Hailing from Trondheim, Shotgun Rodeo have been weaving riotous incidents from contagious strands of groove, thrash, and heavy metal  since 2008 which each subsequent release becoming more focused, potent, and as proven by their latest escapade irresistible. Previous EPs, Dead End Massacre (2012) and Guilty as Charged (2013) drew strong awareness of the quartet with debut album World Wide Genocide especially whipping up enthused attention. That time has seen their multi-flavoured sound become even more adventurous and diverse which The New Standard takes to a new compelling level.

From its first breath the EP sees predacious riffs and imagination enslaving grooves almost battling for attention, each earning their equal share alongside robustly eager rhythms and an overall contagiousness as opener Batshit Crazy leaps at and consumes ears. An enticing groove lined riff opens up the assault, it swiftly joined by heavy beats and broader wave of riffery amidst increasing spicy grooving. The great dirty tones of vocalist Nino Escopeta are soon there inciting involvement too as the song strolls with an aggressive almost arrogant swagger. The swinging rhythms of drummer Doomfang and bassist J.Buvarp trap attention virtually on their own, chaining an eager attention for the tapestry of grouchy riffs and sonic seduction from the strings of guitarist Don Shrediablo to further flirt with the listener within. With its chorus icing on the infectious cake, the track is the first of six which can make anyone lose all inhibitions in public view which is some feat when if like us you are someone hiding a voice which has rats fleeing towards a sinking ship.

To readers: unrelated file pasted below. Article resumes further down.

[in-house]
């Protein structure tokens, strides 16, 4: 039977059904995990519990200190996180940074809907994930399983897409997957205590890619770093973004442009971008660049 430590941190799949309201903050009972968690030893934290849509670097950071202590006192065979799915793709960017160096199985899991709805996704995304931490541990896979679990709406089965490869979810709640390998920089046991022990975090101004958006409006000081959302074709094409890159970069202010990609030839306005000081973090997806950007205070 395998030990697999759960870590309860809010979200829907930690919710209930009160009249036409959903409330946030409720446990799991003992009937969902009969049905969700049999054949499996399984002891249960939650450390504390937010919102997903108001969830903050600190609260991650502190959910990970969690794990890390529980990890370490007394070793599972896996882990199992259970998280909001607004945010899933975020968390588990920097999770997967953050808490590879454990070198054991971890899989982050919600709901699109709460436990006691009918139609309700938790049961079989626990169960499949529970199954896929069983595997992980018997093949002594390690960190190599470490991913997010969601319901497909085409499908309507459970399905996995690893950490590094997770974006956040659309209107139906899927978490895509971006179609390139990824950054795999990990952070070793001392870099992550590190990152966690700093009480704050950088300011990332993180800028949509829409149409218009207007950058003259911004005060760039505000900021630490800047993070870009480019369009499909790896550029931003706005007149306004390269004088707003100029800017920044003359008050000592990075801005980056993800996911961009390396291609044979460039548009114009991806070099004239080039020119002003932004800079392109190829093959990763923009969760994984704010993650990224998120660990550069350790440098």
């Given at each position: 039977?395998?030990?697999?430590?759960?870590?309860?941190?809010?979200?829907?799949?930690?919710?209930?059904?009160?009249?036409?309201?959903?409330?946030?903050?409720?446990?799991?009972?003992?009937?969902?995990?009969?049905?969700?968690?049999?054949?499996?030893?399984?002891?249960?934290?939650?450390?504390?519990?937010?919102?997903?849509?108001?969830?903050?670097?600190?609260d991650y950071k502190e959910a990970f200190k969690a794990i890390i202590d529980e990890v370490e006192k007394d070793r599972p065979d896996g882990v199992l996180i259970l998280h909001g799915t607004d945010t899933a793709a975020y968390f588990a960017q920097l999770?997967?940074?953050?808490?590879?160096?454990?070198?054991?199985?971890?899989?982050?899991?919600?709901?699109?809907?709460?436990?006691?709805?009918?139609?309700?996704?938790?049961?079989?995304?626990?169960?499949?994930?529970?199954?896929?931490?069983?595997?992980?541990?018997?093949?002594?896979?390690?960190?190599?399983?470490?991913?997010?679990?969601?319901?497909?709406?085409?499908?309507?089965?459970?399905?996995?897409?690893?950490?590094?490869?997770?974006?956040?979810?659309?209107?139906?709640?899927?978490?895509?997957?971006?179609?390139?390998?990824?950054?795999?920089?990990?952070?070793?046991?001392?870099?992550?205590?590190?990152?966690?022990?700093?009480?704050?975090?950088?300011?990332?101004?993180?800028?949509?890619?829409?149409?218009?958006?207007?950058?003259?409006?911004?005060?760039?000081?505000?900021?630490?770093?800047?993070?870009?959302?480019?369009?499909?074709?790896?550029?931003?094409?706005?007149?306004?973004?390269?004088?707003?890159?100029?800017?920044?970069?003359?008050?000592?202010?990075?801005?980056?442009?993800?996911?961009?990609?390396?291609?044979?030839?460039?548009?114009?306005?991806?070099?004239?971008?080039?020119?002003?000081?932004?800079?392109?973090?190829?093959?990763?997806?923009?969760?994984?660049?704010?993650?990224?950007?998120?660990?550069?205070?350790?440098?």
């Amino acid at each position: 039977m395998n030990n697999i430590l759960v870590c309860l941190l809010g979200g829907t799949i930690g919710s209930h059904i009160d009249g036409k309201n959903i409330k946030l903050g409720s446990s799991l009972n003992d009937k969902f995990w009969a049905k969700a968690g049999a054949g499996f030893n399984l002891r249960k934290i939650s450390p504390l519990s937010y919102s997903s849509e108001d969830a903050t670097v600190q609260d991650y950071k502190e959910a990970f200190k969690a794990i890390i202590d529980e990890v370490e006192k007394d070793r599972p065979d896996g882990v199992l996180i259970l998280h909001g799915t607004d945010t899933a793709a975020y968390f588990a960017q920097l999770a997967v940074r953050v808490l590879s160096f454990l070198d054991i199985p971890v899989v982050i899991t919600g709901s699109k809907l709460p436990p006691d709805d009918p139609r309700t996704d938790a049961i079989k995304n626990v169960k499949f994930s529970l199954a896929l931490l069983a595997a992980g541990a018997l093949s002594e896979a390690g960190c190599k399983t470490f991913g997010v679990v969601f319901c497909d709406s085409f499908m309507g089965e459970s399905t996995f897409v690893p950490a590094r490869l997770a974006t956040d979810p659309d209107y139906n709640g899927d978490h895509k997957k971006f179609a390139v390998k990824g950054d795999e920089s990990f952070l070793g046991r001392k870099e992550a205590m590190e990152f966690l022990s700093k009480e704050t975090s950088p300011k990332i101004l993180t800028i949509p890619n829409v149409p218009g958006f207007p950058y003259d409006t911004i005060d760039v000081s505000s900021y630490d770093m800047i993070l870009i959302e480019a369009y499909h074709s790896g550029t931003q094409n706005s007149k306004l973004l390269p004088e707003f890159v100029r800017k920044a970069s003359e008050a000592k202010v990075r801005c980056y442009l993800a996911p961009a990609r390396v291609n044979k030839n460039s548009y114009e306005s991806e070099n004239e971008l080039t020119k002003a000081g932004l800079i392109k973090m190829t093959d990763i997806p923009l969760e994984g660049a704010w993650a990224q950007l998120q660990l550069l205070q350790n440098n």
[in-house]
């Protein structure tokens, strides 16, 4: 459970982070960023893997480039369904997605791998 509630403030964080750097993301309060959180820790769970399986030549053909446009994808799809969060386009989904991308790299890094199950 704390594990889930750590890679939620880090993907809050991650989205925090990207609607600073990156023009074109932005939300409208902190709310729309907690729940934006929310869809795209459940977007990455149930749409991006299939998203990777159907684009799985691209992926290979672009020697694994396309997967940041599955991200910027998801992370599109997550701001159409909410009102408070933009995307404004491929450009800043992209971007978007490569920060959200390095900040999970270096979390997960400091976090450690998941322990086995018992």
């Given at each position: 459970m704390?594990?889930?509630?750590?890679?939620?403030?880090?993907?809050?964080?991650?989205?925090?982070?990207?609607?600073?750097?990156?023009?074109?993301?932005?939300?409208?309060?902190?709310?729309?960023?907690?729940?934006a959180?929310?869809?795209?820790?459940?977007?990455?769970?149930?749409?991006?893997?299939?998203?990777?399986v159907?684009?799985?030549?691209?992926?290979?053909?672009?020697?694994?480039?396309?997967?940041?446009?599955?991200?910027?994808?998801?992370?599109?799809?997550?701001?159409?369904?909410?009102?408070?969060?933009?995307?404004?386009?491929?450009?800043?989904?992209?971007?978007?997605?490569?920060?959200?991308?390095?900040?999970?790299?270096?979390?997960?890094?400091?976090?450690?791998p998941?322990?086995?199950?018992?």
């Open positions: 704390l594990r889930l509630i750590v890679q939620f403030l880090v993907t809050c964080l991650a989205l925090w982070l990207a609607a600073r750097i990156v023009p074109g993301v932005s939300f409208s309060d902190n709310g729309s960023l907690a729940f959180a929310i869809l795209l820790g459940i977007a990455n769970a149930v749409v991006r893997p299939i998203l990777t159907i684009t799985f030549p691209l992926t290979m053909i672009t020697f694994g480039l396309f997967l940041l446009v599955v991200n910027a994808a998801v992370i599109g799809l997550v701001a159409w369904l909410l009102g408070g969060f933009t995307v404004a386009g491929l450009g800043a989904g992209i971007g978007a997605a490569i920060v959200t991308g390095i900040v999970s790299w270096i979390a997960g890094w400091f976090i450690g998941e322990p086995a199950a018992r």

shotgun-rodeo-the-new-standard-artwork_RingMasterReviewThe excellent start is taken up another gear with the outstanding temptings of Uncontainable. It too is a brawling stomp of cantankerous riffs and soliciting grooves lorded over by boisterous vocals while being driven by surging rhythms. Once more the band casts a chorus impossible to escape, the blend of heavy and feverish rock ‘n’ roll fuelling a kaleidoscope of spices from hard rock and classic metal to old school rock with plenty of other darker ravenous textures involved. Giving a seriously and gloriously anthemic battering to the senses, the track takes best track honours though it is persistently challenged throughout The New Standard and songs like its successor Around The Bend.

A heavier and darker proposal, the third track stalks ears while easily entangling them in more melody rich grooving, subsequently luring them into a chorus that is as raptorial as it is sublimely catchy. Shotgun Rodeo is unafraid to bring some death metal seeded shadows to their sound either, and it is that lurking hue which unites all the varying elements of the song perfectly, marked by the bestial growling of the bass in turn tempered by the broad enterprise of Shrediablo in a song which is a bit like King Hiss meeting Lamb Of God.